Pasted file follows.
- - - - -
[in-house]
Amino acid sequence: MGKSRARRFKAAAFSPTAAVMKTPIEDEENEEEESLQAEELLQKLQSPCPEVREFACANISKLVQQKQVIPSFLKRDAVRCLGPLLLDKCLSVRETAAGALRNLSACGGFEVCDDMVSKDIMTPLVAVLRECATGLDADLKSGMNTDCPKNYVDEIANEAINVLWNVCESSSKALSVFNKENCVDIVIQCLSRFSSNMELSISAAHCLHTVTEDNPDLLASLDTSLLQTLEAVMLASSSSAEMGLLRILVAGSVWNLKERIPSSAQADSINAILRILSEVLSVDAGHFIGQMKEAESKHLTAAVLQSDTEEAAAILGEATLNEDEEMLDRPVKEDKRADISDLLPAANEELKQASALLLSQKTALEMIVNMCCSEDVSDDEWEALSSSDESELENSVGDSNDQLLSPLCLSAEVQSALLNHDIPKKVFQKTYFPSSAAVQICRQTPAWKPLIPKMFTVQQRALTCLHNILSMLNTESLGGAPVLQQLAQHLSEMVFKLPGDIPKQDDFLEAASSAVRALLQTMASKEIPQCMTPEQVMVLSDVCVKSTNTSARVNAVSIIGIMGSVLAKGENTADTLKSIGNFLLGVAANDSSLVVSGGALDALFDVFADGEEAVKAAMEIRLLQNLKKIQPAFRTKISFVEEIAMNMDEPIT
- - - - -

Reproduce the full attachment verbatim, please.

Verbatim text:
[in-house]
Amino acid sequence: MGKSRARRFKAAAFSPTAAVMKTPIEDEENEEEESLQAEELLQKLQSPCPEVREFACANISKLVQQKQVIPSFLKRDAVRCLGPLLLDKCLSVRETAAGALRNLSACGGFEVCDDMVSKDIMTPLVAVLRECATGLDADLKSGMNTDCPKNYVDEIANEAINVLWNVCESSSKALSVFNKENCVDIVIQCLSRFSSNMELSISAAHCLHTVTEDNPDLLASLDTSLLQTLEAVMLASSSSAEMGLLRILVAGSVWNLKERIPSSAQADSINAILRILSEVLSVDAGHFIGQMKEAESKHLTAAVLQSDTEEAAAILGEATLNEDEEMLDRPVKEDKRADISDLLPAANEELKQASALLLSQKTALEMIVNMCCSEDVSDDEWEALSSSDESELENSVGDSNDQLLSPLCLSAEVQSALLNHDIPKKVFQKTYFPSSAAVQICRQTPAWKPLIPKMFTVQQRALTCLHNILSMLNTESLGGAPVLQQLAQHLSEMVFKLPGDIPKQDDFLEAASSAVRALLQTMASKEIPQCMTPEQVMVLSDVCVKSTNTSARVNAVSIIGIMGSVLAKGENTADTLKSIGNFLLGVAANDSSLVVSGGALDALFDVFADGEEAVKAAMEIRLLQNLKKIQPAFRTKISFVEEIAMNMDEPIT